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Weekend Report: 'Texas Chainsaw' Slashes Into First

by Ray Subers
Texas Chainsaw 3D
 

 
January 6, 2013

Texas Chainsaw 3D took first place this weekend with a better-than-expected $21.7 million, though Django Unchained wasn't all that far behind. The Top 12 earned $124.1 million over the first weekend of 2013, which is a bit below the same weekend last year.

Texas Chainsaw 3D
's $21.7 million was between the 2003 remake ($28.1 million) and the 2006 prequel ($18.5 million), though attendance was about in line with the 2006 movie. Compared to past January horror movies, it was well below last year's The Devil Inside ($33.7 million) but was slightly up on past Lionsgate efforts My Bloody Valentine 3-D ($21.2 million) and Hostel ($19.6 million).

More so than any other studio, Lionsgate has consistently been successful at making and marketing low-budget genre fare like Texas Chainsaw 3D. They execute cost-effective advertising that smartly hones in on the prospective audience while ignoring everyone else, and the results generally suggest that this is a worthwhile strategy. It doesn't hurt in this case that Texas Chainsaw is an established brand, and surely fans of the original made up a decent portion of the opening weekend audience.

The movie's grosses were very front-loaded (Friday accounted for 47 percent of the weekend), and it received a weak "C+" CinemaScore; these both suggest that the movie will fizzle quickly, and a final total around $45 million seems likely.

The audience was 52 percent female and 64 percent under 25 year-of-age. Lionsgate is reporting that one in three of those younger attendees stated that a primary reason for their attendance was singer Trey Songz's starring role.

Django Unchained
eased 34 percent to $20.01 million this weekend. That brings its total to $106.3 million, which means it has already out-grossed last year's The Girl with the Dragon Tattoo ($102.5 million). It's also on pace to pass Inglourious Basterds ($120.5 million) by next weekend. All in, Django is a massive hit already, and with a few Academy Award nominations (definitely a possibility) the movie should wind up with well over $150 million.

In third place, The Hobbit: An Unexpected Journey fell 45 percent to $17.55 million. Surprisingly, that's better than the fourth weekend of any of the Lord of the Rings movies (Fellowship was tops with $16.2 million). The first of three prequels has so far earned $263.8 million, and $300 million appears to be in range.

Les Miserables
added $16.02 million in its second weekend, which is off 41 percent. It passed $100 million on Sunday, which is the fastest pace ever for a musical, and its $103.5 million total is higher than the final tally for Dreamgirls ($103.4 million).

Parental Guidance
dipped a light 33 percent to $9.7 million this weekend. At $52.3 million total so far, the family comedy is on its way to being a nice little hit for 20th Century Fox.

After a middling performance in limited release, Promised Land expanded to 1,676 locations this weekend but could only muster $4.05 million (good for 10th place). While Matt Damon is obviously a star, audiences aren't going to show up for anything he does, especially when the marketing fails to present any semblance of an interesting story. With its "B" CinemaScore, and without any Academy Award nominations (that's an assumption based on its poor reviews and lack of any previous awards recognition), the movie should disappear quickly from theaters.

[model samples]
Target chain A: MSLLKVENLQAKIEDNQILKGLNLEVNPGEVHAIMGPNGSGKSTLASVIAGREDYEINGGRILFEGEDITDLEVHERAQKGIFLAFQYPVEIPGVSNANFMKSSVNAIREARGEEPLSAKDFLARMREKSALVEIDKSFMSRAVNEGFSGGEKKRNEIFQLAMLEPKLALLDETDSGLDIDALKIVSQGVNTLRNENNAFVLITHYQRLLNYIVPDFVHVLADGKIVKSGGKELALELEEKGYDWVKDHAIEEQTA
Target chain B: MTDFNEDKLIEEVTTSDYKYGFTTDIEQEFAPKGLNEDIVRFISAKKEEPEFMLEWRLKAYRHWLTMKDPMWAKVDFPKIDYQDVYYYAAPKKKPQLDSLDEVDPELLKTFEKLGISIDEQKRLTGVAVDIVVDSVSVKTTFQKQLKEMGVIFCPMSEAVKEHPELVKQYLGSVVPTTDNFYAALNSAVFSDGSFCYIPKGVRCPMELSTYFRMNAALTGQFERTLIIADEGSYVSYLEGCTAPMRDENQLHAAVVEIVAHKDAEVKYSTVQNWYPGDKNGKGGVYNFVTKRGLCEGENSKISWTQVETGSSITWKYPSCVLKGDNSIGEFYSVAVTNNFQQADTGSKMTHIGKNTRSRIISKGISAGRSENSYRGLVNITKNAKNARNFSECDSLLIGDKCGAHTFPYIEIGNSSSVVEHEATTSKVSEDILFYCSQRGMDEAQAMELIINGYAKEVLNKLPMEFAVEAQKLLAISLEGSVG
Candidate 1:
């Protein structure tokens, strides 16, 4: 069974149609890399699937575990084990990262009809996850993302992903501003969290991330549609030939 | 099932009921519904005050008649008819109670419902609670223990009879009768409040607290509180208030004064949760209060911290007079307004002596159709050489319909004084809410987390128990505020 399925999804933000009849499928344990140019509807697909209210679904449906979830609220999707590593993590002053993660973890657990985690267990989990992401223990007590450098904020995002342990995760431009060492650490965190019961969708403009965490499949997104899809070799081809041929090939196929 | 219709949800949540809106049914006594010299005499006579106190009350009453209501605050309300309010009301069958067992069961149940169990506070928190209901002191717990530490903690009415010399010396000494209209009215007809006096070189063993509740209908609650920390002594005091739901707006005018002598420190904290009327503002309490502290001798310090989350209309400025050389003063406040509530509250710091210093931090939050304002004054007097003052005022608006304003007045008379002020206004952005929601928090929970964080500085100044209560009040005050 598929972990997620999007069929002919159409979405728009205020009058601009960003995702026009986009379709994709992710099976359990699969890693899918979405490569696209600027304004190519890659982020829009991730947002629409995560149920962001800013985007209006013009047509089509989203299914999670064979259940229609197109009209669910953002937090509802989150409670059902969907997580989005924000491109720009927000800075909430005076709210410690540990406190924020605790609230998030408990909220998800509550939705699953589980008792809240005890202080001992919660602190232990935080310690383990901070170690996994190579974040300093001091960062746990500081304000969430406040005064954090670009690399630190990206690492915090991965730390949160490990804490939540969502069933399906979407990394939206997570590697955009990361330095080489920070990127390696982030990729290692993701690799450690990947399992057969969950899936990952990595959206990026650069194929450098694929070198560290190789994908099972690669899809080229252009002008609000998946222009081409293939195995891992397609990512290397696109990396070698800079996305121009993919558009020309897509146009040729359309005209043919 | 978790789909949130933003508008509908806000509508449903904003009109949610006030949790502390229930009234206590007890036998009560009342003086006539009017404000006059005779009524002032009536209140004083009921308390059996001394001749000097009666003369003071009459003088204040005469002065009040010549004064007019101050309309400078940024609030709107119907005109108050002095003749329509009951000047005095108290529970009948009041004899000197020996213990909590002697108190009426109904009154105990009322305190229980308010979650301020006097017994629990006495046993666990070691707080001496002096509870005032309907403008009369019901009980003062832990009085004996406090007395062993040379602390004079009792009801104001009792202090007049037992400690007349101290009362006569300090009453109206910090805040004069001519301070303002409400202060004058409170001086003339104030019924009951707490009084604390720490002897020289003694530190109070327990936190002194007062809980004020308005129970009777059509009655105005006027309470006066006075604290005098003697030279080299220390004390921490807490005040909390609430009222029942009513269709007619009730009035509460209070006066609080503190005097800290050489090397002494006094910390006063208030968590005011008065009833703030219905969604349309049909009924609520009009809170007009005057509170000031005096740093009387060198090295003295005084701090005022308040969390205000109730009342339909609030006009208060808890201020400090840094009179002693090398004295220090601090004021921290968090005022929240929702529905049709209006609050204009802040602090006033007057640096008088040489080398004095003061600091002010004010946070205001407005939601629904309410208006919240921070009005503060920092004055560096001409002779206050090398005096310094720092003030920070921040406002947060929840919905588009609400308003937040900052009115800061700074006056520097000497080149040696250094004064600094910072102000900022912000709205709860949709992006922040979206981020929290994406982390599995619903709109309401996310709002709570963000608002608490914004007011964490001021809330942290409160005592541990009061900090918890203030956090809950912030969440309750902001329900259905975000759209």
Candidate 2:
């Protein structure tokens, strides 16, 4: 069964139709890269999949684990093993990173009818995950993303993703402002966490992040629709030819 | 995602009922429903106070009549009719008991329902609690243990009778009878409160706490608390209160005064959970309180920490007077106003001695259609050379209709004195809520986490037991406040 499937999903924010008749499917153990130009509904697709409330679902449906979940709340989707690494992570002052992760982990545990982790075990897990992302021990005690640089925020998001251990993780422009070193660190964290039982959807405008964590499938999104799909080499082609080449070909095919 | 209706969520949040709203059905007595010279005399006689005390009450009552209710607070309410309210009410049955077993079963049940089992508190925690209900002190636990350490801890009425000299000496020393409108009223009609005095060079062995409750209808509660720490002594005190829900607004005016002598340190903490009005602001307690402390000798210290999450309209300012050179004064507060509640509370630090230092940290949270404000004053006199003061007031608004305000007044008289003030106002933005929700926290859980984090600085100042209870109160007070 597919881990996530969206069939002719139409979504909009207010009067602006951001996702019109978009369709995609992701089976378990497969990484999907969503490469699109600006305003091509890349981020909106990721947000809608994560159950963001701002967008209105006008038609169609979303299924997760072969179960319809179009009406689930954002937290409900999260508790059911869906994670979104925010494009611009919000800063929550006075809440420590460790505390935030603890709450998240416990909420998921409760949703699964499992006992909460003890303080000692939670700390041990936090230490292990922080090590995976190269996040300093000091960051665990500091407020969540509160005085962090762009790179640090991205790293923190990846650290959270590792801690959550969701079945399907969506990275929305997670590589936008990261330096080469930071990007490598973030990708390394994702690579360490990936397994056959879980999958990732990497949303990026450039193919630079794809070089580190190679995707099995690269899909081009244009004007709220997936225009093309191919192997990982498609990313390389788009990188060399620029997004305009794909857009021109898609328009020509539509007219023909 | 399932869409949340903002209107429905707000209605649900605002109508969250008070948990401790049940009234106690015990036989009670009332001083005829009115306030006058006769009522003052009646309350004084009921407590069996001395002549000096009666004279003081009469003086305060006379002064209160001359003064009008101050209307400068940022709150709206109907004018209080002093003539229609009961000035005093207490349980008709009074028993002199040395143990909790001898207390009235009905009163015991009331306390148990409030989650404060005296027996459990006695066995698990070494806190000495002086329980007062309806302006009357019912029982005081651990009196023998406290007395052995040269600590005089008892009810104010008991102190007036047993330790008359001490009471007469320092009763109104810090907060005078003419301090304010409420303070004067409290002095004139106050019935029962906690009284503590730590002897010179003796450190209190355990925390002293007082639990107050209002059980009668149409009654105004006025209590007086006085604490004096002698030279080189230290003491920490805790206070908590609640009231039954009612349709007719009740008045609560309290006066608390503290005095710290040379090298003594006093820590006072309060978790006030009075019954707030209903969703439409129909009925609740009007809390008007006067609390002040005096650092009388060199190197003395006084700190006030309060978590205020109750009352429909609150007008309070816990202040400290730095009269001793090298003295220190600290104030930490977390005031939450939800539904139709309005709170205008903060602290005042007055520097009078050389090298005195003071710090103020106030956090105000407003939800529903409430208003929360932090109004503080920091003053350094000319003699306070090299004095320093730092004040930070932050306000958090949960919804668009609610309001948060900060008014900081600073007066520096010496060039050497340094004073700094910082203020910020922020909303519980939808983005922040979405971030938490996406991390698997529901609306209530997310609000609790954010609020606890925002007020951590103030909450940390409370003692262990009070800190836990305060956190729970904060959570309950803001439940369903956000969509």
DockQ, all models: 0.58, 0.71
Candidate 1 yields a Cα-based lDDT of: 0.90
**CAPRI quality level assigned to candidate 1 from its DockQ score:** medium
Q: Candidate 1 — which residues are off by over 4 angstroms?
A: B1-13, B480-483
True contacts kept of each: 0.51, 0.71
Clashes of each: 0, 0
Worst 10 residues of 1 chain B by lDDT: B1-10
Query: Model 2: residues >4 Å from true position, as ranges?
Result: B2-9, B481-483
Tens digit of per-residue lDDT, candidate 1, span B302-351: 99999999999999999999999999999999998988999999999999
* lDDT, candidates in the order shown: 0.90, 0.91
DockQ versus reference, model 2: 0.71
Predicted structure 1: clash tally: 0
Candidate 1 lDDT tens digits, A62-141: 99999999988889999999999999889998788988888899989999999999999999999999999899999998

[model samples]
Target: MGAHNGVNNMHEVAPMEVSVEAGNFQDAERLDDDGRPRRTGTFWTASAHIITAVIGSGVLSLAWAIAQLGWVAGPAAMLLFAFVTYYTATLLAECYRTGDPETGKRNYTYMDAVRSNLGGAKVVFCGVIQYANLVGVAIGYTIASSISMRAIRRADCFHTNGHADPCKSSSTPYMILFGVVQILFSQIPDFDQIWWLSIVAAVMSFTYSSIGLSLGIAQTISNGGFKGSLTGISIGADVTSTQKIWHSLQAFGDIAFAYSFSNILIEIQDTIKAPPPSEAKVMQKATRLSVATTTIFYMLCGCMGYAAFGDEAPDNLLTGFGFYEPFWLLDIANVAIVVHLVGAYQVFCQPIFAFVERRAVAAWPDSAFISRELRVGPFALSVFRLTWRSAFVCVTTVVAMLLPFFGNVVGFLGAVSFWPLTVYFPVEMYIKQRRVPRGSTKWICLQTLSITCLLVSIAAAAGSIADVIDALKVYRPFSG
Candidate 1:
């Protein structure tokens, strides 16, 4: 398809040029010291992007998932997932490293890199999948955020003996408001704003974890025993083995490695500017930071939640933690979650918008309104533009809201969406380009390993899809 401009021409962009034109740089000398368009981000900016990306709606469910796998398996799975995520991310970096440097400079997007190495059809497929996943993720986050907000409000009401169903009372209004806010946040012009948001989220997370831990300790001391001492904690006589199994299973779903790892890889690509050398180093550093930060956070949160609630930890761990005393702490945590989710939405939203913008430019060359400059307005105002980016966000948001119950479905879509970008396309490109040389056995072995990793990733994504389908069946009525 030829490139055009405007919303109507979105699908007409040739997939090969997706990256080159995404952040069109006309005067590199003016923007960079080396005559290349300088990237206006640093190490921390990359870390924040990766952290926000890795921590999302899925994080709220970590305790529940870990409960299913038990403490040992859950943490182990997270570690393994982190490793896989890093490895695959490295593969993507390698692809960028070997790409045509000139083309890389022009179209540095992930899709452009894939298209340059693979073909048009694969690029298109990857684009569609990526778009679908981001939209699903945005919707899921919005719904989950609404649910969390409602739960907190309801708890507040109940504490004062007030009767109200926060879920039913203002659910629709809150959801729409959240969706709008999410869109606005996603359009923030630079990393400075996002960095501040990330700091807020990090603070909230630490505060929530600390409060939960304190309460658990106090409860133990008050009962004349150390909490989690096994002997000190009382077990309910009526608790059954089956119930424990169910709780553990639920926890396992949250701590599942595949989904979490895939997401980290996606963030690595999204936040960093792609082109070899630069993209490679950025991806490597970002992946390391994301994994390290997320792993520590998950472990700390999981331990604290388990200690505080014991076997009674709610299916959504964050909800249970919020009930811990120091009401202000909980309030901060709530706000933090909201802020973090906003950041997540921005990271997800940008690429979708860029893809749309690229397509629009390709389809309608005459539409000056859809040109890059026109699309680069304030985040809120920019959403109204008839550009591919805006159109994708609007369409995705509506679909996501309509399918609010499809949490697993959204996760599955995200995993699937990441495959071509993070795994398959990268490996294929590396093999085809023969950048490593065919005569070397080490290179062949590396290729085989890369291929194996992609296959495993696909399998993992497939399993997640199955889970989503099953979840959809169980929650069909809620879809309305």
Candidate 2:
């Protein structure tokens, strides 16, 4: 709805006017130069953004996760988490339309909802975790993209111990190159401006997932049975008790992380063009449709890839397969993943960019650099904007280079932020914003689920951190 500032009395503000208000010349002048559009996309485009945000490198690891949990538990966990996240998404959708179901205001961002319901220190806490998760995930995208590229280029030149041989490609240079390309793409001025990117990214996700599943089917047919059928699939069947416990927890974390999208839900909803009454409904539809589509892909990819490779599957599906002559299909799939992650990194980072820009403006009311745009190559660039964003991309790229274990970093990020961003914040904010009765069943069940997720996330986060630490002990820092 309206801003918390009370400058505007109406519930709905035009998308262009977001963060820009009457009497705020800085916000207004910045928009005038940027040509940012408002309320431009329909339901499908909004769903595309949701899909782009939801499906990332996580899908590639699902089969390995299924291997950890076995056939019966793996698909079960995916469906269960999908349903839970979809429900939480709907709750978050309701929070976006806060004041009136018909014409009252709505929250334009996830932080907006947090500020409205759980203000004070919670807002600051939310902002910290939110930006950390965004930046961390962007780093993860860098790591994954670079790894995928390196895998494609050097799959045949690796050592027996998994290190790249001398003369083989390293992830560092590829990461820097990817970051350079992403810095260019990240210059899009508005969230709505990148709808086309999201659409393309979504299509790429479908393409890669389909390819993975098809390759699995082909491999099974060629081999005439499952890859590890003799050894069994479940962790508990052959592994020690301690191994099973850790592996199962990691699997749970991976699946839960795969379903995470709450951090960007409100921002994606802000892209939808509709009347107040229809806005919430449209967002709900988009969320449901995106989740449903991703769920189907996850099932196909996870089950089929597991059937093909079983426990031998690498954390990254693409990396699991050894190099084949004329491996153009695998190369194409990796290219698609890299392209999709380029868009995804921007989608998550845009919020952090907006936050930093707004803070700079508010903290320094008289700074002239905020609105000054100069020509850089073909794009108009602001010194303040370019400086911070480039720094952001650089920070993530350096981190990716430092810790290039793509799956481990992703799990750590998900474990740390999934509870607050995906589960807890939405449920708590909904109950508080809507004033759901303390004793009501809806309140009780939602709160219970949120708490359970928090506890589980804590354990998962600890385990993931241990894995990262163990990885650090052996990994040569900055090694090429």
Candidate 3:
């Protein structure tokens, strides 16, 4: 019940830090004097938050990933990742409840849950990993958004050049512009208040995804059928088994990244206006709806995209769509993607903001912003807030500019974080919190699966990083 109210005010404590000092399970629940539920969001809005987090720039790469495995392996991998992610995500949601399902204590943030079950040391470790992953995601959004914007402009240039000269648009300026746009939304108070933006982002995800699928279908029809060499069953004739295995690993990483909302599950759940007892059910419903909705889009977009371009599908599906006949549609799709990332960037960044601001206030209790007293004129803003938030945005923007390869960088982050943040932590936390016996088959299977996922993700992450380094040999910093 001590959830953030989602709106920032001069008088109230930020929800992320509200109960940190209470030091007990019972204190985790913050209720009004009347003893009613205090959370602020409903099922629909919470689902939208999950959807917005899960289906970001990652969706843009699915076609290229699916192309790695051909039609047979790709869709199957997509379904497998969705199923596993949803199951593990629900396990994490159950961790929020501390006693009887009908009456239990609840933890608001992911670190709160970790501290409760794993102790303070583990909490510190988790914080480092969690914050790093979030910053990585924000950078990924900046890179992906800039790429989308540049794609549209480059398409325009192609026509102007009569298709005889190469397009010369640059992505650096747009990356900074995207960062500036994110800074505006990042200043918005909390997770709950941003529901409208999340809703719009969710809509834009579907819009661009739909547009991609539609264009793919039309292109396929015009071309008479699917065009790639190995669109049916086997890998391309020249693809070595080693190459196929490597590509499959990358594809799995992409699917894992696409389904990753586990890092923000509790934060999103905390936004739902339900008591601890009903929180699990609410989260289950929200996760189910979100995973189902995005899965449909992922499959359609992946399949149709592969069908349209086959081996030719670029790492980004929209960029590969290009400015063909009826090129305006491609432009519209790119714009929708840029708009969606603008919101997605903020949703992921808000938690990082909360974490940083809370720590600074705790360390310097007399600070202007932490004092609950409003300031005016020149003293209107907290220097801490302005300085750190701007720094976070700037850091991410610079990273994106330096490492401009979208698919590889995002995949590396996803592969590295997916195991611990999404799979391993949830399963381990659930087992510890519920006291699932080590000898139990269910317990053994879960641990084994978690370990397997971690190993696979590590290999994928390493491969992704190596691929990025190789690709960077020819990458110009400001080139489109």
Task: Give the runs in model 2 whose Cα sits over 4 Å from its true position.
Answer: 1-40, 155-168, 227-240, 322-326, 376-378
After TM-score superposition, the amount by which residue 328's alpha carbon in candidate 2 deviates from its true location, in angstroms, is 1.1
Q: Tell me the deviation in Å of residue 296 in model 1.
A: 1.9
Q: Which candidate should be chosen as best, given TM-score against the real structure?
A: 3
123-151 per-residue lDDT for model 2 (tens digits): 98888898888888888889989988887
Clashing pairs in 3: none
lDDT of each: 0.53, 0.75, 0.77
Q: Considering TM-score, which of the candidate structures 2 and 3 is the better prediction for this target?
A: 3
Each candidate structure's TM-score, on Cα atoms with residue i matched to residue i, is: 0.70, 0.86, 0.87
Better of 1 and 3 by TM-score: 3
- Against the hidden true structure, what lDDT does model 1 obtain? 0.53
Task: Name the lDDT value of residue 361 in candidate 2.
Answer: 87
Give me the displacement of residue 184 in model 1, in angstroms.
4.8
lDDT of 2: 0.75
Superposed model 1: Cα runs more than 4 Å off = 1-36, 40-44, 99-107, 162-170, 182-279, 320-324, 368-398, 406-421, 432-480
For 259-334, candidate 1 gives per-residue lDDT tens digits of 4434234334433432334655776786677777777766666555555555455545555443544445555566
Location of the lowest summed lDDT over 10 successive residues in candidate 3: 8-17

Expanding to 572 theaters (just shy of a nationwide berth), The Impossible earned $2.76 million. That's not good at all, but the big picture doesn't look so bad on this movie: it's already grossed $67.6 million overseas, and a likely Oscar nomination for Naomi Watts could help attract more attention at the domestic box office.

After playing for two weeks at just five locations, Zero Dark Thirty added 55 more venues (for a total of 60) and grossed $2.7 million. That translates in to a fantastic $44,933 per-theater average. In fact, that's the fifth-highest average ever for a movie in more than 50 theaters behind Paranormal Activity ($49,379 at 160 theaters), Fantasia 2000 (35 mm & IMAX) ($47,957 at 54 locations), The Avengers ($47,698 at 4,359 theaters) and Hannah Montana/Miley Cyrus: Best of Both Worlds Concert Tour ($45,561). Zero Dark Thirty is set to expand to around 2,400 theaters on Friday after presumably scoring a handful of Oscar nominations the day before.

With its expansion in to 565 theaters, Not Fade Away cemented its status as one of the biggest bombs of the season: the movie grossed just $270,088 for a per-theater average of just $478. While that's not on par with The Oogieloves ($206), it's pretty terrible for the feature-length directorial debut of Sopranos creator David Chase.

Discuss this story with fellow Box Office Mojo fans on Facebook. On Twitter, follow us at @boxofficemojo, and follow author Ray Subers at @raysubers.

This Weekend in Past Years:
• 2012 - Moviegoers Possessed By 'Devil Inside'

• 2011 - 'True Grit' Captures Lead
• 2010 - 'Avatar' Rocks New Year's
• 2009 - 'Marley' Stays on Top Over New Year's Weekend

• 2008 - 'Treasure,' 'Juno' Jumpin' in New Year
• 2007 - 'Museum,' 'Pursuit' Three-peat
• 2006 - 'Hostel' Lodged Into Top Spot

• 2005 - 'White Noise' Resonates with $24M Debut

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